Successful Queries: Agent Christine Witthohn and Rochelle Staab's "Hollywood Hoodoo"

This series is called "Successful Queries" and I'm posting actual query letters that succeeded in getting writers signed with agents. In addition to posting the actual query letter, we will also get to hear thoughts from the agent as to why the letter worked. The 38th installment in this series is with agent Christine Witthohn (Book Cents Literary) and her author, Rochelle Staab, for the murder mystery novel, (now called) Who Do, Voodoo?
Author:
Publish date:

This series is called "Successful Queries" and I'm posting actual query letters that succeeded in getting writers signed with agents. In addition to posting the actual query letter, we will also get to hear thoughts from the agent as to why the letter worked.

The 38th installment in this series is with agent Christine Witthohn (Book Cents Literary) and her author, Rochelle Staab, for the murder mystery novel, Hollywood Hoodoo.

Image placeholder title

In lieu of a cover (not available yet), this is a
nice picture of author Rochelle Staab.

Dear Ms. Witthohn,

I am pleased to submit for your consideration, Hollywood Hoodoo, a witty murder mystery with a voodoo curse, set in contemporary Los Angeles. It's complete at 71,000 words.

In Hollywood Hoodoo, mysterious tarot cards, a cursed voodoo spell book, and the falsely accused team of L.A. Clinical Psychologist Liz Cooper and Religious Philosophy Professor Nick Garfield come together in the hunt for the real killer of a voodoo initiate.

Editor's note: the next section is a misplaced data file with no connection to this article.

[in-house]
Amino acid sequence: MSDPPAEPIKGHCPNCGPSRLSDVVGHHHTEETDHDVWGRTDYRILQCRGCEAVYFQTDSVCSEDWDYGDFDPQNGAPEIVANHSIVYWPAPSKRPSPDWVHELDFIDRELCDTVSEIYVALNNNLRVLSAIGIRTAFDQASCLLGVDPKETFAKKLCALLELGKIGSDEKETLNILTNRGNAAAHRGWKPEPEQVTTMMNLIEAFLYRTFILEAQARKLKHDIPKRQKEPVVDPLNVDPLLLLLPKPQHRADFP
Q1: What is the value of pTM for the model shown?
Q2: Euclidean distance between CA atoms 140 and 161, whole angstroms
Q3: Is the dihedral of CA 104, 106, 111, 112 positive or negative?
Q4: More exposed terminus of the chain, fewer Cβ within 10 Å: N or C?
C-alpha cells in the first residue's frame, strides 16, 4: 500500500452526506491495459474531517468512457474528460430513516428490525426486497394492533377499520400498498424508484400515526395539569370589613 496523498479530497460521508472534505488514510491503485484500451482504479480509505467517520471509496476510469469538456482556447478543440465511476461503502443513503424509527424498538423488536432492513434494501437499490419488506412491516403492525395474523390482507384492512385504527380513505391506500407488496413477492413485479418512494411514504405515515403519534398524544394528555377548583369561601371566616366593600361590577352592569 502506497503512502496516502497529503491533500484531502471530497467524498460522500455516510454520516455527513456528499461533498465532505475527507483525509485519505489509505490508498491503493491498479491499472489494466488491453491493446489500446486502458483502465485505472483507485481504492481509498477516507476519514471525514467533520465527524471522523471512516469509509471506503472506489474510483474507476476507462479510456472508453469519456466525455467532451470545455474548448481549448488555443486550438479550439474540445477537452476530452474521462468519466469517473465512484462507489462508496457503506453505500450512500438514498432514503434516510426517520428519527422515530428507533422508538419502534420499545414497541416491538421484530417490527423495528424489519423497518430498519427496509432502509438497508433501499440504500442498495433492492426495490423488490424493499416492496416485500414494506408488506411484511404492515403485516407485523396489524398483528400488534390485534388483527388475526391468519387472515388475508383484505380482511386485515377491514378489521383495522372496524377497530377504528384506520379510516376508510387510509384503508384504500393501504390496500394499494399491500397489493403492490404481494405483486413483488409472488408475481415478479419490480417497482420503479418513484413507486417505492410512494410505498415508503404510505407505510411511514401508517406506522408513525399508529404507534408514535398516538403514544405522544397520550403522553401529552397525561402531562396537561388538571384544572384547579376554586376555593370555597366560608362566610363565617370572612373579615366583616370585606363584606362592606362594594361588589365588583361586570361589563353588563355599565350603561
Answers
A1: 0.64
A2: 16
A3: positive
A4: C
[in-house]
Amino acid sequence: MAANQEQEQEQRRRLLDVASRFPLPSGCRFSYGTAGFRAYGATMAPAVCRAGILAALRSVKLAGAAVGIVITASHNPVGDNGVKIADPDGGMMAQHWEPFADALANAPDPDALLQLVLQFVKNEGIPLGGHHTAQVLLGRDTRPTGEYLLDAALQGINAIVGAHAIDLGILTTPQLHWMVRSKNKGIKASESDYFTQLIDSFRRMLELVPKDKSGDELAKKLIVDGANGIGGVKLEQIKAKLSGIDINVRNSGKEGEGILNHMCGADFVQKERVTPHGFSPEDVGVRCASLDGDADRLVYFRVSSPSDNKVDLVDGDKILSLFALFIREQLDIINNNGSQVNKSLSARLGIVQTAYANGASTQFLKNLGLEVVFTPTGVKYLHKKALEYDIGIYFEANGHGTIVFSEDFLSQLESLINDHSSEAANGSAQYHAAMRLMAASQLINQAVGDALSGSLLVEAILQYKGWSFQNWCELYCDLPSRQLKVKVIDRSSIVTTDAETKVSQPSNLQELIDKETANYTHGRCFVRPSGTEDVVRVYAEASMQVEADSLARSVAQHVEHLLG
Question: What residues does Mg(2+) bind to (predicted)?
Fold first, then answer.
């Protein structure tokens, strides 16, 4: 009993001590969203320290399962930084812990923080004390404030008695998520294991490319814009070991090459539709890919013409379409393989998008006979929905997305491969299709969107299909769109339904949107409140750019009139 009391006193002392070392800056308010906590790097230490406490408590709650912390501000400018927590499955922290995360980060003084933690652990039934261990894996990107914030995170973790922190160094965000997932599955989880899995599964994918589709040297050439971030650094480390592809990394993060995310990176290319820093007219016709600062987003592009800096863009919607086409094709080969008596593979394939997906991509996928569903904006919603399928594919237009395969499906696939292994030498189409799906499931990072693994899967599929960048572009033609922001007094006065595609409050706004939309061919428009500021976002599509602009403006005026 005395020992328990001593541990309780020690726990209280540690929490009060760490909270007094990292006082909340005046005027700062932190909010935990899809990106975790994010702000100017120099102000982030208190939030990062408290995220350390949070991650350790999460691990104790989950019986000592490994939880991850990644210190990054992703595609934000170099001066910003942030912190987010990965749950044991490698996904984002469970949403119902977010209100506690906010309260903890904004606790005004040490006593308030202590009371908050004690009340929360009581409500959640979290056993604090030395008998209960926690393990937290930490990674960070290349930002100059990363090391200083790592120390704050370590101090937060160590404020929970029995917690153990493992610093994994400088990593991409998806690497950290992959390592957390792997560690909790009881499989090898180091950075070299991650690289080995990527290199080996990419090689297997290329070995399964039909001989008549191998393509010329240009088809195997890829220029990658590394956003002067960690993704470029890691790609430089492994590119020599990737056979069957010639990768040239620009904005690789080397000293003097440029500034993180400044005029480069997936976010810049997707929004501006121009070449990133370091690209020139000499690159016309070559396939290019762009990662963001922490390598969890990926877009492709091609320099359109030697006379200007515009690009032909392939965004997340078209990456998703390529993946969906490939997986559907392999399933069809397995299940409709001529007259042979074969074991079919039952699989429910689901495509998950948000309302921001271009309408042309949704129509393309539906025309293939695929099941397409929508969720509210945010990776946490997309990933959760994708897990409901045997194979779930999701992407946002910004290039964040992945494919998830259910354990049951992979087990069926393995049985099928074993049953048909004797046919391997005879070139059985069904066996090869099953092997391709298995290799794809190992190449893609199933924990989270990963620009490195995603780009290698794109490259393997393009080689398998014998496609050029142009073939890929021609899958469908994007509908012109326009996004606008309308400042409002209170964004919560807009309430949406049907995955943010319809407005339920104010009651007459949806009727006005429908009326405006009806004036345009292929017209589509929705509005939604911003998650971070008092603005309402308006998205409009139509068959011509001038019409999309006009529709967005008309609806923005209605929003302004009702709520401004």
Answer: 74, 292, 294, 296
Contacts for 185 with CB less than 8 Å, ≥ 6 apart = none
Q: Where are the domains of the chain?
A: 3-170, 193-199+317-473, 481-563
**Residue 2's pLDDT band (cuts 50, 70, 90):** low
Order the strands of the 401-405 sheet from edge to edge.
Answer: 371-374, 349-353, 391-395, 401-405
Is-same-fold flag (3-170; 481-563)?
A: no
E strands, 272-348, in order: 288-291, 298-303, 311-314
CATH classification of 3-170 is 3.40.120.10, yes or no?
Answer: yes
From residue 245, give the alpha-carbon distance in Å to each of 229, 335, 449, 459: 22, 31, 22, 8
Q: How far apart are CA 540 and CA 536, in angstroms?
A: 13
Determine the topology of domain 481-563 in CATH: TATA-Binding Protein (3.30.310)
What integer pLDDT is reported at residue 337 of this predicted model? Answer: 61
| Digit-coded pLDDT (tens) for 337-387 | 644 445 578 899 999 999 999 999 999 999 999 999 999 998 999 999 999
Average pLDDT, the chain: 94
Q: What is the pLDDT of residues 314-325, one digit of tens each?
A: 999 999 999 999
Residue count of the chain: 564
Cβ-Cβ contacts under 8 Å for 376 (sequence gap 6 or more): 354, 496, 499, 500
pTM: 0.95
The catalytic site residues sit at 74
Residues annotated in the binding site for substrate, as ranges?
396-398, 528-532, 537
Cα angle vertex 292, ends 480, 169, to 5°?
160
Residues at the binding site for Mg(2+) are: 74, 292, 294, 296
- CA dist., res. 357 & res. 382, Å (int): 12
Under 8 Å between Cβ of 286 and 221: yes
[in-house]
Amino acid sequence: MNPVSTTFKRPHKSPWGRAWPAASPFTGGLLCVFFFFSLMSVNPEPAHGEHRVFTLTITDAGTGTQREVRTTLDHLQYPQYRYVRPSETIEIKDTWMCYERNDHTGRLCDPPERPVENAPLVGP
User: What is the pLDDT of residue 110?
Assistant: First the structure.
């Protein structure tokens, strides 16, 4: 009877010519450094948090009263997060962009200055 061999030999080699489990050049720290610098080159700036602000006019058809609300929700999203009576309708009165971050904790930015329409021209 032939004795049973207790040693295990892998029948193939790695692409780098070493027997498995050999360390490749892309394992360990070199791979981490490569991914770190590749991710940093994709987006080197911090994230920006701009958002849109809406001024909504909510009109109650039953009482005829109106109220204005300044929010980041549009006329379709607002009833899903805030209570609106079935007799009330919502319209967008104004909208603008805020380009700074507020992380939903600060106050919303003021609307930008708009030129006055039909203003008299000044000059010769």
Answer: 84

Hollywood Hoodoo is the first of a series of supernatural themed murder mysteries, featuring Liz—the pragmatic shrink, and Nick—the broad-minded occult expert.

My professional background includes Top 40 radio station programming and 28 years of executive marketing positions at Warner Bros. Records where I remain a consultant. Writing one-line headlines is fun. Writing novels is bliss. [Some personal info here was removed.]

I’m a member of MWA, RWA, SinC, and KOD. Hollywood Hoodoo has been submitted in the 2010 RWA Golden Heart contest. I understand the value of marketing and am motivated and ready to focus my efforts.

This is a multiple submission. The first chapter of Hollywood Hoodoo is copied below. Thank you for considering my work. I look forward to your response.

Sincerely,

Rochelle Staab

Commentary from Christine:

I like queries that are short and sweet. A query should give the agent/editor the “bones” of the story. If the writer does a good job, the agent/editor will ask to see the “meat.” What I particularly liked about this query was this: the writer gave me the genre, word count, and the hook in the first two sentences. Notice how short these two sentences are?

Paragraph 1: gives the vitals; Paragraph 2: gives the bones; Paragraph 3: shows extended life—part of a series; Paragraph 4: author background/platform; Paragraph 5: organization affiliations; Paragraph 6: thanks me. The entire query is less than a page in length. Short and sweet.